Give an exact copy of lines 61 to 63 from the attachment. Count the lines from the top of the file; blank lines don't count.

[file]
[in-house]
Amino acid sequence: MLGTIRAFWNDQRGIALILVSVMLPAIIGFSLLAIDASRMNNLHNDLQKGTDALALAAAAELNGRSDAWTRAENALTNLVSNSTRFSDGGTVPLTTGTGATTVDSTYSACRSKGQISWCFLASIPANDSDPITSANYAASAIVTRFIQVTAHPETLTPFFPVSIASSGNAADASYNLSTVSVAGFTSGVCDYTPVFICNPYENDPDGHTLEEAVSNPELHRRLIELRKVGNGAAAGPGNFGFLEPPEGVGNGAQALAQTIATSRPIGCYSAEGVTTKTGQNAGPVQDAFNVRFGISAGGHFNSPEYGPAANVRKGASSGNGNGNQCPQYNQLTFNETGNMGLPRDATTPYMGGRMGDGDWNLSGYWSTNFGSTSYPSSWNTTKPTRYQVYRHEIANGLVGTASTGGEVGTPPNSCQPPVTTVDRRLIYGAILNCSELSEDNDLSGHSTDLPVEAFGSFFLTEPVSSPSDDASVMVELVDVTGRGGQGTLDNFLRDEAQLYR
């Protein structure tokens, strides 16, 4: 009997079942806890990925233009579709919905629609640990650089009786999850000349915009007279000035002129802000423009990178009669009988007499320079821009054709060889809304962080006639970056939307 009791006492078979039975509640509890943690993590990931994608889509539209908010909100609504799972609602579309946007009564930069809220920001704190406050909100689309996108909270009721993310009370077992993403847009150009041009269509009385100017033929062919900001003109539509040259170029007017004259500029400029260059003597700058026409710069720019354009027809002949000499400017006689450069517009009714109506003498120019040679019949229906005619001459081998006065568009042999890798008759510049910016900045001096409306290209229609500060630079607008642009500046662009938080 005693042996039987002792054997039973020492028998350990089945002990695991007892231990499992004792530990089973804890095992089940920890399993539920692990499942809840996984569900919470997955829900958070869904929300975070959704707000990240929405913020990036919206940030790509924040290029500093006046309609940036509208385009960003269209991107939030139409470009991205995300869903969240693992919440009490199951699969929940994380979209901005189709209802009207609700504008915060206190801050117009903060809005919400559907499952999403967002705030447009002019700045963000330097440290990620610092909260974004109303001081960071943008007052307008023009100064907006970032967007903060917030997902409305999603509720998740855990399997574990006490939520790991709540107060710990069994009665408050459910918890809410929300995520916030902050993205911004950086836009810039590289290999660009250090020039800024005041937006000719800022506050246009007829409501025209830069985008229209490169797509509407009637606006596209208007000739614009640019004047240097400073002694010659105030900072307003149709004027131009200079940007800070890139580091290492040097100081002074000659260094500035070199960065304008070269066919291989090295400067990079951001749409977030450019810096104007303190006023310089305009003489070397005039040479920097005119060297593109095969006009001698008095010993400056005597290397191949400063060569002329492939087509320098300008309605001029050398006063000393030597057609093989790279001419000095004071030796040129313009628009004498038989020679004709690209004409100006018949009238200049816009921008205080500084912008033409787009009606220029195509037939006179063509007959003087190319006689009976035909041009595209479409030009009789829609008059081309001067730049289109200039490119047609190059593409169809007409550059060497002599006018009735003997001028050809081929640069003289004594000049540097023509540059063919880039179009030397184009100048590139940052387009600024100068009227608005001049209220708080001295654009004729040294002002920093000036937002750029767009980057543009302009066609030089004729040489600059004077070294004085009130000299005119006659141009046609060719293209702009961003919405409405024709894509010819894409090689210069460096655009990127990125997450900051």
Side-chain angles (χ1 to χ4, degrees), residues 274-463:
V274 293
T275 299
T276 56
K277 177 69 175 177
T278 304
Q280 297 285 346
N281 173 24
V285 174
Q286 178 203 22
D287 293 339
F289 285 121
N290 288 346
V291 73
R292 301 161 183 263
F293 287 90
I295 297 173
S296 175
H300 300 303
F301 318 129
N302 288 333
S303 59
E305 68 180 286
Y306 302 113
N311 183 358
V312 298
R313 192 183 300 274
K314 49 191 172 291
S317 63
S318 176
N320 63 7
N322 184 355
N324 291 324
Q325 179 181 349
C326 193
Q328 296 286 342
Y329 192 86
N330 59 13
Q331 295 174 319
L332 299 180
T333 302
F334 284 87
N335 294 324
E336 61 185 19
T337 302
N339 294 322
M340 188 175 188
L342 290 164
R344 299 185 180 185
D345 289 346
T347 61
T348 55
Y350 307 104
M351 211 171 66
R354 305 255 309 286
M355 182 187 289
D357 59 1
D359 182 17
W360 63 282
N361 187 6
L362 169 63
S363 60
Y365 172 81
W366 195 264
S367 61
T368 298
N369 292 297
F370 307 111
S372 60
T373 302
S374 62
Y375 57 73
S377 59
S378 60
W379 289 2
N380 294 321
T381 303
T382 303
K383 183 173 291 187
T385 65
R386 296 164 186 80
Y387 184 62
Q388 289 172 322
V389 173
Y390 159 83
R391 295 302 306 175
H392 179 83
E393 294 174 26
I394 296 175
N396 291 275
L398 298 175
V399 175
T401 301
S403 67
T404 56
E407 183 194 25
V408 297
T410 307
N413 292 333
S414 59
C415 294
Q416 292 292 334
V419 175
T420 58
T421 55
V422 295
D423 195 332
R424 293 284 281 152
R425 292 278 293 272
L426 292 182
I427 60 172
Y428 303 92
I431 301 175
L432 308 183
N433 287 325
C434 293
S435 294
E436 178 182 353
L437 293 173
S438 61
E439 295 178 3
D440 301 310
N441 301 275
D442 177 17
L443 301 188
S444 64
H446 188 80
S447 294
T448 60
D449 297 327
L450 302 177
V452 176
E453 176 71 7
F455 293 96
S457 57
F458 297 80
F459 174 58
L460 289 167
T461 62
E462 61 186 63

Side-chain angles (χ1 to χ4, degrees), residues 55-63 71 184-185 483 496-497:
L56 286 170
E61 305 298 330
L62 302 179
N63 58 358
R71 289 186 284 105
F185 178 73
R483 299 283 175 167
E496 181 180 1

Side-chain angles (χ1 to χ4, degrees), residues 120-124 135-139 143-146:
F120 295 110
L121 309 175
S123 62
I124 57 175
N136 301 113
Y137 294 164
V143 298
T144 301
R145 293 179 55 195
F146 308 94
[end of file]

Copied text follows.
D359 182 17
W360 63 282
N361 187 6